What can translations tell us about a translated text? And what can they tell us about the culture that produces them? Suppose we have a large number of differing translations, all in the same language, for example of a work by Shakespeare. Can digital interfaces help us explore how the translations differ, and so help us to understand why? Each translation is a cultural historical intervention: it responds not only to the challenges presented by the source text, but also – and even more – to the demands of its target context. Each new translator must differentiate their work from that of precursors and rivals, by finding a new interpretation adequate to their historical moment. Can digital tools help us to understand how this happens? Can they help us become better translators?
Better readers of translations? Better readers of Shakespeare’s original texts? And what if we compared lots of differing translations in lots of different languages? What could we learn about world culture, and about what makes Shakespeare so translatable? – This presentation is based on an ongoing digital project. See: www.tinyurl.com/vvvex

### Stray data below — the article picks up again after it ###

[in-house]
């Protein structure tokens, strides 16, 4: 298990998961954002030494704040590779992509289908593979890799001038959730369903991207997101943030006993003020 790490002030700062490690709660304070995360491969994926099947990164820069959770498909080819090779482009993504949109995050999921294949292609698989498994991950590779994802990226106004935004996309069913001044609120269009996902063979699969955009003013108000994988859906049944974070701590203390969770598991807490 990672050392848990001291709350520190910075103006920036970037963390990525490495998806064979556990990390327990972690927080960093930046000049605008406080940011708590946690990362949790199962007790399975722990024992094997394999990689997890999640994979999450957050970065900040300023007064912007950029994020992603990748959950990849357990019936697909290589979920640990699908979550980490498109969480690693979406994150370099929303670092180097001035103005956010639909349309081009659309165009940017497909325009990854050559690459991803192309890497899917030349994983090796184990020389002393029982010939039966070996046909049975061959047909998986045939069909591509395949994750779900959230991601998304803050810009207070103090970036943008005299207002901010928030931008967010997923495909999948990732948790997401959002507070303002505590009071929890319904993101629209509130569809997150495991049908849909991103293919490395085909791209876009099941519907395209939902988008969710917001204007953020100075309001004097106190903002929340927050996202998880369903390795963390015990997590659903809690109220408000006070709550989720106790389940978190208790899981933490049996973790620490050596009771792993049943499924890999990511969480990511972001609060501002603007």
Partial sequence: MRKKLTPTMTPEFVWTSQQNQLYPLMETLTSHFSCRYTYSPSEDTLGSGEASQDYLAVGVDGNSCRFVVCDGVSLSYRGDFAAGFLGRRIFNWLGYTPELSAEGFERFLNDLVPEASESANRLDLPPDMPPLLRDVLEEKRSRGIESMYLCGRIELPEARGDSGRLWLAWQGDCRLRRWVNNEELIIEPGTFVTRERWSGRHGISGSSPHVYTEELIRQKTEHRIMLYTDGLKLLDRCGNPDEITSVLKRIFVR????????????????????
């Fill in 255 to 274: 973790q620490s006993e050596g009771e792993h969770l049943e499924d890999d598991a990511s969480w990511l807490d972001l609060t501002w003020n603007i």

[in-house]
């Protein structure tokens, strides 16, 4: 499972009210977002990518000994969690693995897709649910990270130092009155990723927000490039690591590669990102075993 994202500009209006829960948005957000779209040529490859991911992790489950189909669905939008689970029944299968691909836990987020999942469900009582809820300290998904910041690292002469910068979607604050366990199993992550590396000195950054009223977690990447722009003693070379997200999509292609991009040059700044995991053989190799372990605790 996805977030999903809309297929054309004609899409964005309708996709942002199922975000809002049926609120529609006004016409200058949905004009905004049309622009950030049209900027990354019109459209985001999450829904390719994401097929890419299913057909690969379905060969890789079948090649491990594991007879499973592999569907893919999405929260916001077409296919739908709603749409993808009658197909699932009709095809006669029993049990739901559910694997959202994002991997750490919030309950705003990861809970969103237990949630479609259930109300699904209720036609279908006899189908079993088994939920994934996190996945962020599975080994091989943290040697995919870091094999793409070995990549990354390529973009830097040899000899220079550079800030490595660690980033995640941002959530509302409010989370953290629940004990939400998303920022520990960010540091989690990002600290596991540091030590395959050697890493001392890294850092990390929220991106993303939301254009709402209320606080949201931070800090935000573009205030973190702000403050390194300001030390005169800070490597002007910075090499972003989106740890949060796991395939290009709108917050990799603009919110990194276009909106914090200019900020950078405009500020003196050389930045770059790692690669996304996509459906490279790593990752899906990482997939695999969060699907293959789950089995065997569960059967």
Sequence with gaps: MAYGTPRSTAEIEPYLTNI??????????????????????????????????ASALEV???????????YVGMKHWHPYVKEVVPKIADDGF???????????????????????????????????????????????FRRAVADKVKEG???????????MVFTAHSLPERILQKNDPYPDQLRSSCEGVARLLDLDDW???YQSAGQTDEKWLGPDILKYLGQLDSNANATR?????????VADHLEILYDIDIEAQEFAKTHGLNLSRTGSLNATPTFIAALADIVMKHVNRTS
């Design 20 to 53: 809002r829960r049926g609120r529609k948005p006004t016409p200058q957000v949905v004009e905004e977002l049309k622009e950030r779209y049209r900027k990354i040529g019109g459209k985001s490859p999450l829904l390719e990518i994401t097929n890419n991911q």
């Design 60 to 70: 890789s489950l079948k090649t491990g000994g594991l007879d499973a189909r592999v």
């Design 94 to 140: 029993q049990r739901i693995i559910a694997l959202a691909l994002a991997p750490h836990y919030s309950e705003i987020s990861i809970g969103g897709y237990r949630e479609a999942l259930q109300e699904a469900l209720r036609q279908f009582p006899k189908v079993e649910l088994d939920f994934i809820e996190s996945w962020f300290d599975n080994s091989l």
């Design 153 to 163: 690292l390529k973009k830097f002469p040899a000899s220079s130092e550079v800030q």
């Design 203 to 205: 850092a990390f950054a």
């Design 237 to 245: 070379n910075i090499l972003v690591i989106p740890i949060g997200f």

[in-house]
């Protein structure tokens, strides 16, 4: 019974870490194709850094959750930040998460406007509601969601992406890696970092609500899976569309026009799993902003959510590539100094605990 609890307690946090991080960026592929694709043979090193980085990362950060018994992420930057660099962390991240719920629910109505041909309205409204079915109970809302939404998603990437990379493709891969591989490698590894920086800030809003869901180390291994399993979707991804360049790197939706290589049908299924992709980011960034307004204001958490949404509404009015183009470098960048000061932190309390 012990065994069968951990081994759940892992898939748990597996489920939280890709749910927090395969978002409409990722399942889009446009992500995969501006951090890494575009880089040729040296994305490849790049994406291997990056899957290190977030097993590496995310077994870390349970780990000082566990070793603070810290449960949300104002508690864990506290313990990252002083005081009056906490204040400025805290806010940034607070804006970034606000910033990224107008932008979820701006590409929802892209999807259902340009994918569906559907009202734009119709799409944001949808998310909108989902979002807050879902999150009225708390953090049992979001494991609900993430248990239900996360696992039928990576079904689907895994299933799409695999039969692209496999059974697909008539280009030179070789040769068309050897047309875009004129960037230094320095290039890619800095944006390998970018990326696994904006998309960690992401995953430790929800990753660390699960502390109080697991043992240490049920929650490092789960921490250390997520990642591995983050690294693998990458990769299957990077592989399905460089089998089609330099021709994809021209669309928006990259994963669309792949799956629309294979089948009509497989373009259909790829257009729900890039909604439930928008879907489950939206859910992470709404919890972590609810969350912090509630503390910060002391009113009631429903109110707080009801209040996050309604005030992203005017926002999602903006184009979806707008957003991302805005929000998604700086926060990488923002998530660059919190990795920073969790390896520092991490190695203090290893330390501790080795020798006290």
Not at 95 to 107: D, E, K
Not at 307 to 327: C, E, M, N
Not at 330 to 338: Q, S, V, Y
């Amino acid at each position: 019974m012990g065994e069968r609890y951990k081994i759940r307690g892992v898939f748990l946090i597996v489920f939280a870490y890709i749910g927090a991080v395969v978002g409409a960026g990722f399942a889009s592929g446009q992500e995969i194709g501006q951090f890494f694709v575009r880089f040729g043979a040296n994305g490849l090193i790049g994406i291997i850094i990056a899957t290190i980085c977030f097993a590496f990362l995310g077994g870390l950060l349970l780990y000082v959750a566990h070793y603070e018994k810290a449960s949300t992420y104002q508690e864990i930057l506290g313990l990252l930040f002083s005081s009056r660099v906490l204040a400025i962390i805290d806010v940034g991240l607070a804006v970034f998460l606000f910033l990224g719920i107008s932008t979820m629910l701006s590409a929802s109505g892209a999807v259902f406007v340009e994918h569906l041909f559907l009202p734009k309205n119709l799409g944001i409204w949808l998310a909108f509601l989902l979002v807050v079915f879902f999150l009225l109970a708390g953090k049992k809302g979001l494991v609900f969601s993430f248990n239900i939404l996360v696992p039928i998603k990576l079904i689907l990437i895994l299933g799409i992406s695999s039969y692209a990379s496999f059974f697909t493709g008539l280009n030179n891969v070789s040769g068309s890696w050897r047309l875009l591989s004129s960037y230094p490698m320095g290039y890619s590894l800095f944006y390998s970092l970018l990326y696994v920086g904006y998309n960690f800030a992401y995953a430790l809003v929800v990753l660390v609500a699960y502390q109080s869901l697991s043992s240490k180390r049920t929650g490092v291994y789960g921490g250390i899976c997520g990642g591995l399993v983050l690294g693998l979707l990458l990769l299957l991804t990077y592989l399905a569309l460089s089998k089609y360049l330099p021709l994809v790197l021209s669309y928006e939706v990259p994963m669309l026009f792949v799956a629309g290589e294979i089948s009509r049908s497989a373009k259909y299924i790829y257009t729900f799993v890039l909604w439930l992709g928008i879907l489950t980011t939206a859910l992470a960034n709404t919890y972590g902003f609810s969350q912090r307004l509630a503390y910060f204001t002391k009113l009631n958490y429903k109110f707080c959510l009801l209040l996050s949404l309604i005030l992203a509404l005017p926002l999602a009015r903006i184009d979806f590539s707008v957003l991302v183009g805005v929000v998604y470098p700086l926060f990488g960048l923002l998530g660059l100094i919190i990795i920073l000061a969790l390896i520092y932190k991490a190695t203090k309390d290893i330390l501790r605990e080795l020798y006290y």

About the lecturer
Tom Cheesman was born in Liverpool, England. He studied French and German languages and literatures at Oxford University and wrote a doctoral dissertation on the printed and oral history of German street ballads (corridos). His current job title is Reader in German at Swansea University, Wales. He teaches German and comparative literature and film, history of translation, and practical and creative translation.
His research publications are on topics including German songs, hip hop, Werner Herzog, Goethe, Turkish German writers (especially Zafer Senocak and Feridun Zaimoglu), literary scandals, and translations of Shakespeare. He is an occasional literary translator from French and German: novels, poems, and rock songs including work by Till Lindemann (Rammstein). He is also a publisher and editor-in-chief of Hafan Books, specialising in writing by refugees and experimental poets based in Wales.
He recently conceived ‘Version Variation Visualisation’: software tools for exploring large collections of differing translations.
He is a founding co-director of the Centre on Digital Arts and Humanities (CODAH) at Swansea University, but he can’t write software code any more than he can speak Turkish, or Welsh. He lives in Swansea with his wife, media sociologist Marie Gillespie.